Introduction to HomePlug 1.0 & AV

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1 Introduction to HomePlug 1.0 & AV Networking-over-mains uses the existing mains power wiring in your home to carry Ethernet signals. The technology for carrying signals through the mains has been around, notably in the form of wireless baby monitors, and its use for carrying Ethernet signals has been common for some years in the US. This flexible method for home network distribution is now catching on in Europe. In its simplest form, HomePlug networking consists of a box at each location requiring a network connection. The box is plugged in to the mains and has one other connection, an Ethernet socket, just like the wired Ethernet socket you could connect with wires. You can use several of the boxes around your home. You can have several isolated networks on the same mains wiring if you wish, each using its own password. The standard to look for is called 'HomePlug'. Any device with this branding should inter-operate. The range for mains networking is usually stated at 100m but this limitation is important only if you need to reach the garden shed or similar. Generally you will get a connection to any socket in your home as long as you have a single-phase supply. A single-phase supply usually has only one electricity meter, which covers the vast majority of homes. Here at Solwise we offer our own branded HomePlug 1.0 adapters including 85Mbps Turbo, 85Mbps Turbo Wireless and HomePlug AV. Additionally we stock the VeseNET range which includes 85Mbps Turbo Adapter and 85Mbps Turbo 3 Ethernet Port Unit. We have recently updated our range of AV units to the Push Button version, including one with mains-passthrough. See our different scenarios below and take what you need from each one.

2 Scenario 1 - Networking ADSL around the home/office - basic setup This is a typical set-up for a small home office environment. In Room 1 the ADSL comes into the home and you connect to it using your ADSL Modem/Router. At this point you attach a HomePlug device to the Router in order that you can share the ADSL connection with other users in the home/office. If you only have the one computer but it is not located near to the ADSL line, you can attach a HomePlug router to the line which sends the signal along the mains to another room in the home. If you have a router in place already you can attach a HomePlug adapter to this via Ethernet cable for the same results. In Room 2 you plug the HomePlug device into the power socket and depending on how many computers you need to connect you can either connect one computer direct to the single port HomePlug device using an Ethernet cable or if you have more than one computer, you can use a 3 port HomePlug device. You can continue to follow this example in each room that you require the ADSL/Network. This example is ideal if you have your ADSL Router already in place. If you are new to ADSL and are looking to set-up from scratch it is worth noting that we supply ADSL modem/routers with the HomePlug capabilities already built-in. This will save you buying two boxes and having two devices where you can get away with one.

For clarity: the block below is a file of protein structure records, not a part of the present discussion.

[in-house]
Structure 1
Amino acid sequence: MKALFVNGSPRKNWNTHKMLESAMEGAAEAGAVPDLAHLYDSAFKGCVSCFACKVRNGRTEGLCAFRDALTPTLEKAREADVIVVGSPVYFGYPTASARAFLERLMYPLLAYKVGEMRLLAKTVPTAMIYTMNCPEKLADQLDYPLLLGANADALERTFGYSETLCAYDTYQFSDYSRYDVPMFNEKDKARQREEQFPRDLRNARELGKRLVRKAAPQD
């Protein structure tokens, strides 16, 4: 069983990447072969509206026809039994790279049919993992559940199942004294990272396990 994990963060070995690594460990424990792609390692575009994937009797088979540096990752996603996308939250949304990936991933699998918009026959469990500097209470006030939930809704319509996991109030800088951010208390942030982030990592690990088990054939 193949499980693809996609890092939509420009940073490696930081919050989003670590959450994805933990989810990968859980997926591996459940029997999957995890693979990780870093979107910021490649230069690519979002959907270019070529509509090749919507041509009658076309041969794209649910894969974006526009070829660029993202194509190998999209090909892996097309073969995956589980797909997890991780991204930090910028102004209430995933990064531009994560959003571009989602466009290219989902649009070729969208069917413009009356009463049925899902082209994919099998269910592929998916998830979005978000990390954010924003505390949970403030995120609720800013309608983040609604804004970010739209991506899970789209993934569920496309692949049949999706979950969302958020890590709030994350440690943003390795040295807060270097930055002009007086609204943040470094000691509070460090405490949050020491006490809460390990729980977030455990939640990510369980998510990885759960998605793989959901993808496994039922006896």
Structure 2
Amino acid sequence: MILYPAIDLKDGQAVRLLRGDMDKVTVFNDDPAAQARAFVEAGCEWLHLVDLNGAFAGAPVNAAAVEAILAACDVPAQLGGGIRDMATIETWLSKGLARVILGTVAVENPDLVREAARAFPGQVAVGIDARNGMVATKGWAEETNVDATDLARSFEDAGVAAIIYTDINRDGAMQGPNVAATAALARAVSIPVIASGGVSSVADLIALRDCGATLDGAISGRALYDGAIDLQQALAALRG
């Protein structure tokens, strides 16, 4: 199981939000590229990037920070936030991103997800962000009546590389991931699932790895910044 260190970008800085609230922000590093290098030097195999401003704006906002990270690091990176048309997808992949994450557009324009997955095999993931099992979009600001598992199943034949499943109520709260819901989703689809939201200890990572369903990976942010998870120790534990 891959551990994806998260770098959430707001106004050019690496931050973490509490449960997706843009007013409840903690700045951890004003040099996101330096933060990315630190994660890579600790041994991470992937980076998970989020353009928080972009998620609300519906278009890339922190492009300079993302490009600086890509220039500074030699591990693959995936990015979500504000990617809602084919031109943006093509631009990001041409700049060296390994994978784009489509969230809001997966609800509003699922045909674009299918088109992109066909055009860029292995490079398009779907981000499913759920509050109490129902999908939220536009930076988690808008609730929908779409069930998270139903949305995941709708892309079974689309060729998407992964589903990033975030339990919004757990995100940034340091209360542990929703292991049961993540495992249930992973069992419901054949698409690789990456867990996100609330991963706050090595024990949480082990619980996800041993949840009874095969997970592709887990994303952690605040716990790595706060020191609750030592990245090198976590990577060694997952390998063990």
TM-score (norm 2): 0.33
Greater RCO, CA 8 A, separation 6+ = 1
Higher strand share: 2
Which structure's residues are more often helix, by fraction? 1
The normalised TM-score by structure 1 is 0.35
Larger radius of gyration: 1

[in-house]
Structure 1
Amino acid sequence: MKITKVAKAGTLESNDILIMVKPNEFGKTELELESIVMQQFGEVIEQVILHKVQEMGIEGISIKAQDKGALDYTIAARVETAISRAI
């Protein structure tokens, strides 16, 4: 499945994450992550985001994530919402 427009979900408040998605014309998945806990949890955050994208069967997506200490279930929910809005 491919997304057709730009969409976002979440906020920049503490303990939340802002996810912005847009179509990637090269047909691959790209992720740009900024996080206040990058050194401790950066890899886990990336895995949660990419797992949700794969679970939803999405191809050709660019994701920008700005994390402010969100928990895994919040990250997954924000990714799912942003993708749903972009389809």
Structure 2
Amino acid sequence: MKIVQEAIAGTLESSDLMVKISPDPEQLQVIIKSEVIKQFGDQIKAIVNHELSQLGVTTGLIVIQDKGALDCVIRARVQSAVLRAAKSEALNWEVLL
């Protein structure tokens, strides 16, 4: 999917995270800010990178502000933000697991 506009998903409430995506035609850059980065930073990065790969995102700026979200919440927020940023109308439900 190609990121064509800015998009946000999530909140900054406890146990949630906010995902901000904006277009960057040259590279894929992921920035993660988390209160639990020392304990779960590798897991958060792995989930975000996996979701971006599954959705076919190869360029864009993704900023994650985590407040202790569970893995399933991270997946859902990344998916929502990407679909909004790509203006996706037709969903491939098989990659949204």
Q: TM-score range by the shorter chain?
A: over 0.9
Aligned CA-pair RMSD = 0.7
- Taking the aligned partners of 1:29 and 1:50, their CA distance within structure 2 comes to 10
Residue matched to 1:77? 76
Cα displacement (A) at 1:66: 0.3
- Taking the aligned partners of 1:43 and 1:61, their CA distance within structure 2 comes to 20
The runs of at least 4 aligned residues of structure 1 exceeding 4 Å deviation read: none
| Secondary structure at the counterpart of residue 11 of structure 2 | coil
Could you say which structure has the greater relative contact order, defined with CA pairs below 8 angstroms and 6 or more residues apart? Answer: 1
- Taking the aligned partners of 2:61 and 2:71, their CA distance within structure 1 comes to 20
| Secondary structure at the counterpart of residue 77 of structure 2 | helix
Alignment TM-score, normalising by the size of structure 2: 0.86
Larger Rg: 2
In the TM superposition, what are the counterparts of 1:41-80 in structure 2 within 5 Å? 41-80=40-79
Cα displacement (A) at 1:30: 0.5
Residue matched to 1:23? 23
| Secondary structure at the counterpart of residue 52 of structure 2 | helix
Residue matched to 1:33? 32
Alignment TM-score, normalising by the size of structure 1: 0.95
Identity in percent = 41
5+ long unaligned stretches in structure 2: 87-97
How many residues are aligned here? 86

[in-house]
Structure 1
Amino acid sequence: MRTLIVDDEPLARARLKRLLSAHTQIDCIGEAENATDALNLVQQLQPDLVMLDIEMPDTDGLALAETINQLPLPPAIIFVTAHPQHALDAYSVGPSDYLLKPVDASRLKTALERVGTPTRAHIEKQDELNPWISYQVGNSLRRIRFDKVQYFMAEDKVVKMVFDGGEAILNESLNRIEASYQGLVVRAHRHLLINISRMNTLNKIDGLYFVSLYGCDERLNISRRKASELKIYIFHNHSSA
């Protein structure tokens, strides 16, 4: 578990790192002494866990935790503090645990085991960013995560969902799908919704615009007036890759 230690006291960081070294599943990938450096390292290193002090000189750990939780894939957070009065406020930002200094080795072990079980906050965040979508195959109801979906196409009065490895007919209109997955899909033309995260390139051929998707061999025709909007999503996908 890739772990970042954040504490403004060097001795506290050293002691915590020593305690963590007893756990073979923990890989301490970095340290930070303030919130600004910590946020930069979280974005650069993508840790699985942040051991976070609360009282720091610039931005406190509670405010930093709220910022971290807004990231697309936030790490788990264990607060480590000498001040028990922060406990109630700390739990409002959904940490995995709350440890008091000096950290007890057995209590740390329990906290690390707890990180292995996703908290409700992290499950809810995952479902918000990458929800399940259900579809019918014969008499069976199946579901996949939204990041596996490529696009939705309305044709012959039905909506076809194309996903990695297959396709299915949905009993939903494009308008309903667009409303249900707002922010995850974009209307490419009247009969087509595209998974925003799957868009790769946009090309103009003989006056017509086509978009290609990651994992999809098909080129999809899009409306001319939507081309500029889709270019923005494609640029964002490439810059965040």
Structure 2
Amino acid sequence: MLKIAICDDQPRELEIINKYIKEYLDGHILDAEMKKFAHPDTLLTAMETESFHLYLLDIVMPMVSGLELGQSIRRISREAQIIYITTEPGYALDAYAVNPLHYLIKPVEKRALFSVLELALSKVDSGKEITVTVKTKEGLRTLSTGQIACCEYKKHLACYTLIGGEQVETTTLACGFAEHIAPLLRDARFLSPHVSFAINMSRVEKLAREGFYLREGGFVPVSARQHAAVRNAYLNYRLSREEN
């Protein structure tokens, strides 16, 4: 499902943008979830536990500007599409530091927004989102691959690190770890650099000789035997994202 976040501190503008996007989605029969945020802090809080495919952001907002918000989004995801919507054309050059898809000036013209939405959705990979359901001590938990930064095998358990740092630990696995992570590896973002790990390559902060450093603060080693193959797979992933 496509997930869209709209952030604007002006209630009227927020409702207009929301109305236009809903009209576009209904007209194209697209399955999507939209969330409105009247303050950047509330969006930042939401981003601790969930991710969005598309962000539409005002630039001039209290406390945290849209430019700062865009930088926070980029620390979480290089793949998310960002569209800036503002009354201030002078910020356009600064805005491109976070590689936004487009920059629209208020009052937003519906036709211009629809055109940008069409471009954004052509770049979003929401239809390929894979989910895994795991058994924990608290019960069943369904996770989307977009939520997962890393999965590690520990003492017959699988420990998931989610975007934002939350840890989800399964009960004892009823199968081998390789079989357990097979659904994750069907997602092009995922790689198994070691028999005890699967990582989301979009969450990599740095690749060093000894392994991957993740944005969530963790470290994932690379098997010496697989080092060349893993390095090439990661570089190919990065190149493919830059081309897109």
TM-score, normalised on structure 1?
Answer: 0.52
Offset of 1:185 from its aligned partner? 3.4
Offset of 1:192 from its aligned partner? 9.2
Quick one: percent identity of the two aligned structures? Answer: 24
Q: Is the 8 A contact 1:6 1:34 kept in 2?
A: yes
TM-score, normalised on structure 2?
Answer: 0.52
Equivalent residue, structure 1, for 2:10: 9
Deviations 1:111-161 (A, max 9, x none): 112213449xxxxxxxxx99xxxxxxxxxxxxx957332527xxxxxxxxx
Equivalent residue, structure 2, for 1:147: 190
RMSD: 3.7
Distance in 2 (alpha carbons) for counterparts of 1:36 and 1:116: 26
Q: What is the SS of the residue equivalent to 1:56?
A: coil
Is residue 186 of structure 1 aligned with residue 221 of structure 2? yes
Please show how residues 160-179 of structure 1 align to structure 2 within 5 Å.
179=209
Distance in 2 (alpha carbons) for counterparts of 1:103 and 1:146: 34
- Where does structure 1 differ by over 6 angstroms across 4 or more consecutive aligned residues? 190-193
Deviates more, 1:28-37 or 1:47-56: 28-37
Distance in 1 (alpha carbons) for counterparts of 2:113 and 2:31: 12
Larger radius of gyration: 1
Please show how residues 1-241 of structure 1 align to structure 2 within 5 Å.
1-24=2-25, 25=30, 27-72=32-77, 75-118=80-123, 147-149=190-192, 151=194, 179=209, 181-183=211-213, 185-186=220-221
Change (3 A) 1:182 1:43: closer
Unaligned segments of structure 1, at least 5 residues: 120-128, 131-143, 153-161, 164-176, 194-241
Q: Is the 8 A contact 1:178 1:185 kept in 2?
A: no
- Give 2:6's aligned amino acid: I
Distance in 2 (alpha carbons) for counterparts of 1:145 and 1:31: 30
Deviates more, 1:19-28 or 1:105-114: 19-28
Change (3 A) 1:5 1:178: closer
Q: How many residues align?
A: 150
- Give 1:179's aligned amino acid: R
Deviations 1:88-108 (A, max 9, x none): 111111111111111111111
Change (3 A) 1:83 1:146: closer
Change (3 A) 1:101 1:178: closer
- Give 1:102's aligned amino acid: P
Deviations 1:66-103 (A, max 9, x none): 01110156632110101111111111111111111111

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4 Scenario 2 - Networking ADSL around the home/office with multiple computers and games console As above for room one but in this image we use the ADSL modem router with the HomePlug built in. Room two shows the 3 port unit which is ideal if you have two computers in one room as in a home office or a games console and computer in the kids playroom for example. Room three shows the Wireless HomePlug adapter, this has an Ethernet connector and wireless capabilities, great for computers or games consoles being connected direct to it and the laptop or wireless enabled computer using it wirelessly.

5 Scenario 3 - Sharing Cable Broadband around home/office for one computer The cable modem is a fixed device which you are not allowed to remove from your line. If the modem is placed in a room away from your computer this is a great way setting a very basic network for one computer. Attach a HomePlug adapter to the cable modem via Ethernet Cable. Simple as that! In room two, plug in another HomePlug adapter, either ethernet or wireless and surf away!!

6 Scenario 4 - Sharing Cable Broadband around home/office for multiple computers and games console As before, the cable broadband comes into the home via thecable modem, but in this case you will need an Ethernet router to create the actual network. The HomePlug adapter is connected to the router. Room two shows the wireless HomePlug adapter, ideal for connecting a games console and talking wirelessly to a laptop or wireless enabled computer. Room 3 shows a single HomePlug adapter connected to a computer, you could if required use the 3 port device connected to multiple computers etc.

7 Scenario 5 - Making full use of HomePlug Networking around your home

8 Scenario 6 - Making full use of HomePlug AV around your home HomePlug AV works in the same way as HomePlug 1.0 but at faster speeds. It is ideal for streaming media around the home. Louise Barrett Solwise Ltd